Kelowna-Lake Country MP Stephen Fuhr.—Image: contributed

Fuhr: Federal program improved to help veterans

Pension For Life will help severely-injured veterans post service

By Stephen Fuhr

In 2006 all parties in the House of Commons agreed to and passed the New Veterans Charter (NVC). It was an initiative that modernized the benefits and services available to veterans, recognizing that those who had served in places like Afghanistan were going to need help transitioning to civilian life through the provision of financial, education, re-training and mental health supports that were not available under the old Pension Act.

But since the establishment of the NVC, and despite improvements, many veterans have continued to express concern that the most severely injured veterans needed a greater commitment from the federal government in the form of a lifetime pension.

On Dec. 20, Seamus O’Regan, Minister of Veterans Affairs and Associate Minister of National Defence, unveiled the government’s Pension for Life, a plan that will make significant changes to rectify the situation.

The pension plan has three key pillars:

• Monthly, tax-free financial compensation, with the choice of monthly payments for life, to recognize pain and suffering caused by a service-related disability with a maximum monthly amount of $2,650 for those most severely disabled with barriers to re-establishment

• Income replacement for veterans who are experiencing barriers returning to work after military service at 90 per cent of their pre-release salary. In some circumstances Veterans may be eligible for an additional 1%one per cent career progression factor each year

• Services and benefits to help veterans in a wide-range of areas, including education, employment and physical and mental health

These provisions represent an additional investment of close to $3.6 billion to support Canada’s veterans. When combined with well-being programs already announced in previous budgets, the government’s investments since 2016 add up to nearly $10 billion.

Previous adjustments to the NVC have added layers of complexity to an already overburdened system, a problem that was exacerbated with the closure of Veteran’s Affairs Canada offices across the country under the previous government.

By reopening the offices and making improvements and changes to veterans programming in last two budgets, veterans in Kelowna and across the country have the person-to-person support they need to navigate the suite of benefits and services available to them.

Now, with this announcement, unnecessary complexities and delays will be addressed and supports can be tailored to a veteran’s unique situation and service history to help veterans and their families live a full and productive life post-service.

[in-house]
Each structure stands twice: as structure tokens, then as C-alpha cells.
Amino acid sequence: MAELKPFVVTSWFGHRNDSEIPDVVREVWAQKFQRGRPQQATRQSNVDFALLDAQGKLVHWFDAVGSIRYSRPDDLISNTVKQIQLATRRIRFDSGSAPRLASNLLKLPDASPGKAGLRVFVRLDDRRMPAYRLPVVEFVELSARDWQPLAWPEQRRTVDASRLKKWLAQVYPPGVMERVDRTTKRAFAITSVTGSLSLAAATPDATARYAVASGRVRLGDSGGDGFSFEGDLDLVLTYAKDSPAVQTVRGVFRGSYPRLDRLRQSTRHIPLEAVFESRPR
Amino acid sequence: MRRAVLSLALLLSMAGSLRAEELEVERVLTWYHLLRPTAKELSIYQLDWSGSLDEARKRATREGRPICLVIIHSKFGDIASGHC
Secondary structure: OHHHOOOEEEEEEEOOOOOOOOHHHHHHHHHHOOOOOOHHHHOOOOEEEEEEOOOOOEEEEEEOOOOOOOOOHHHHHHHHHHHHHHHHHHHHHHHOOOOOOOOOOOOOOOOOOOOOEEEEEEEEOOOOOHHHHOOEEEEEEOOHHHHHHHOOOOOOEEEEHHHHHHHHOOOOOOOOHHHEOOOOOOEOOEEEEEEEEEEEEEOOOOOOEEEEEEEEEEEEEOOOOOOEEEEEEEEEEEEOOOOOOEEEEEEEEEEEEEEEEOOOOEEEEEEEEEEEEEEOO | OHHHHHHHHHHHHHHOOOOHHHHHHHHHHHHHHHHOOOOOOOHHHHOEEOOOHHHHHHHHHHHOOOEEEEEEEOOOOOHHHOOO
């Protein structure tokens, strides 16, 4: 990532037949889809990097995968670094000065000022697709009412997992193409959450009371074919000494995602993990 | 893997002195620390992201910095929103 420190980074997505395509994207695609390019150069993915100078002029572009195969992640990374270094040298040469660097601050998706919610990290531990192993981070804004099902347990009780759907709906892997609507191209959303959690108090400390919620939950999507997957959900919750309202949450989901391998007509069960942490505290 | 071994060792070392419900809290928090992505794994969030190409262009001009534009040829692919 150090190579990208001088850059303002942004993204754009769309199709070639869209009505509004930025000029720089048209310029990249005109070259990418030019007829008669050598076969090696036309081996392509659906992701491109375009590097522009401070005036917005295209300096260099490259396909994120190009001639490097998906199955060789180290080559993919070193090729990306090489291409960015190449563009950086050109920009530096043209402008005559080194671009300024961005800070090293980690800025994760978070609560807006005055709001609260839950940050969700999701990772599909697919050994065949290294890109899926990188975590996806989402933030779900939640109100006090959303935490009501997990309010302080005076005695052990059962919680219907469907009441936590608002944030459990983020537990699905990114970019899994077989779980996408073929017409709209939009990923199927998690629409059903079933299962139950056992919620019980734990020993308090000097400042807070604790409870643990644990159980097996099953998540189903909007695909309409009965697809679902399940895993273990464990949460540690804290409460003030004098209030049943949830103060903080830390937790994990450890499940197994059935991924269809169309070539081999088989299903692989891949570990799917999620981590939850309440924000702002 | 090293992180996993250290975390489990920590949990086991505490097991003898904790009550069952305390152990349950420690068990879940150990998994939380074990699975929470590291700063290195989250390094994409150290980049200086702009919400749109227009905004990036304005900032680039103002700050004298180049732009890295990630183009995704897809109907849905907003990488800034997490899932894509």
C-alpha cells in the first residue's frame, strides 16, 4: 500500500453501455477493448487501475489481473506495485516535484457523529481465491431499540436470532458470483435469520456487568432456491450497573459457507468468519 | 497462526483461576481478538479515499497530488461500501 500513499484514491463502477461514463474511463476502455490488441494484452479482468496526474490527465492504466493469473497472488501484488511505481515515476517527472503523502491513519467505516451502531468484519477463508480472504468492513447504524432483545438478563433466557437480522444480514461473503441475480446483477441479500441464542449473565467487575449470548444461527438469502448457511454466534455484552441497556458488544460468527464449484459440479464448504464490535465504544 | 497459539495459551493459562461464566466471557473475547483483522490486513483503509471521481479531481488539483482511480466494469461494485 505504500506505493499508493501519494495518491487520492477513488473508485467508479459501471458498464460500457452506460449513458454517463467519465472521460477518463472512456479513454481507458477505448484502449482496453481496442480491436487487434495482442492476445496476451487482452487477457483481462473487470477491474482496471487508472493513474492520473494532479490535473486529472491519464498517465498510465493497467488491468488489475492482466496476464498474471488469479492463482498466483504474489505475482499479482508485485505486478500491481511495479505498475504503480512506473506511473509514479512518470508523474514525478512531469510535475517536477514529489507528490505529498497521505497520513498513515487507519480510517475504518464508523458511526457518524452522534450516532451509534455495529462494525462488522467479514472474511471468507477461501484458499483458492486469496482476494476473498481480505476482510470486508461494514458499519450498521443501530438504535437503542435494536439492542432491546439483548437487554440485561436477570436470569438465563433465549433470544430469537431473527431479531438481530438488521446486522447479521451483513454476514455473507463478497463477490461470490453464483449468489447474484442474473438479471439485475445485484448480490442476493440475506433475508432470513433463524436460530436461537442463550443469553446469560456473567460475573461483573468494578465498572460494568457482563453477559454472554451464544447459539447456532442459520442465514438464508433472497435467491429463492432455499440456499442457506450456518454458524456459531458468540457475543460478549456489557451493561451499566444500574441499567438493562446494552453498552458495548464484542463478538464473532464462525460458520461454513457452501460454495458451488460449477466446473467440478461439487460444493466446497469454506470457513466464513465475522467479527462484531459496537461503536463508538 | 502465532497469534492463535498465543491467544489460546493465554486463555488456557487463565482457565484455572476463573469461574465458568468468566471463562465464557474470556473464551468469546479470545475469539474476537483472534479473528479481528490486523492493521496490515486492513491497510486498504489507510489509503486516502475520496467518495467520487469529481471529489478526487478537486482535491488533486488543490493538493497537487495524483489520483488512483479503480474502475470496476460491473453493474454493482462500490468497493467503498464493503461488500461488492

In the meantime, those who are having the most difficulty resuming a normal life and those who have the most catastrophic injuries remain the government’s most pressing priority.

With the right balance and effective mix of financial compensation, benefits and well-being support services, it’s now time to turn our full attention to delivering services our veterans want and deserve.

Stephen Fuhr is the Liberal MP for Kelowna-Lake Country.

To report a typo, email: edit@kelownacapnews.com.


@KelownaCapNews
newstips@kelownacapnews.com

Like us on Facebook and follow us on Twitter.

Get local stories you won't find anywhere else right to your inbox.
Sign up here

Just Posted

Missing toddler found safe near Beaverdell

The child had been missing in the Clark Lake area for more than two hours

Federal Conservative leadership candidate skirts COVID-19 rules at Kelowna rally

Derek Sloan held a rally in Kelowna that had more than 50 people, which is against health orders from the province

Highway 97 upgrade option for Peachland faces 20-year delay

Peachland council disappointed by highways department decision

Partial closure on Cadder Avenue for utility upgrades

Traffic will be reduced to westbound traffic from Aug. 17 to Sept. 11

Kelowna Hells Angels prospect charged with assault, choking

Jason Townsend, 43, was charged after allegedly choking a woman last weekend

Video: SUV burns alongside the highway near Salmon Arm

Footage of the burning vehicle was posted to Youtube.

Horvat scores 2 as Vancouver Canucks beat Blues 5-2 in NHL playoff opener

Game 2 in best-of-seven series goes Friday night

Teachers to get 2 extra days to prepare for students’ return, now set for Sept. 10

Students will first start with orientation and learn rules of COVID-19 classroom policies

High-volume littering at Cape Scott draws ire from hiking groups

Popular Vancouver Island hiking spot not closing, but frustration about crowding grows

SFU to drop ‘Clan’ varsity team name

The ‘Clan’ name is shortened from ‘Clansmen,’ and was introduced roughly 55 years ago

New Tory leader must build a strong team in Commons and for the campaign: Scheer

Scheer marked his final day in the House of Commons today as leader of the Opposition

South Okanagan restaurant ranked among world’s best by TripAdvisor

The Hooded Merganser was ranked within the top 10 per cent of all restaurants by TripAdvisor reviews

B.C. to hire 500 more COVID-19 contact tracers ahead of fall

Contract tracers add an ‘extra layer’ in the fight against the novel coronavirus

Wedding party bear sprayed at North Okanagan campsite

Latest criminal activity at the Meadows leaves locals frustrated

Most Read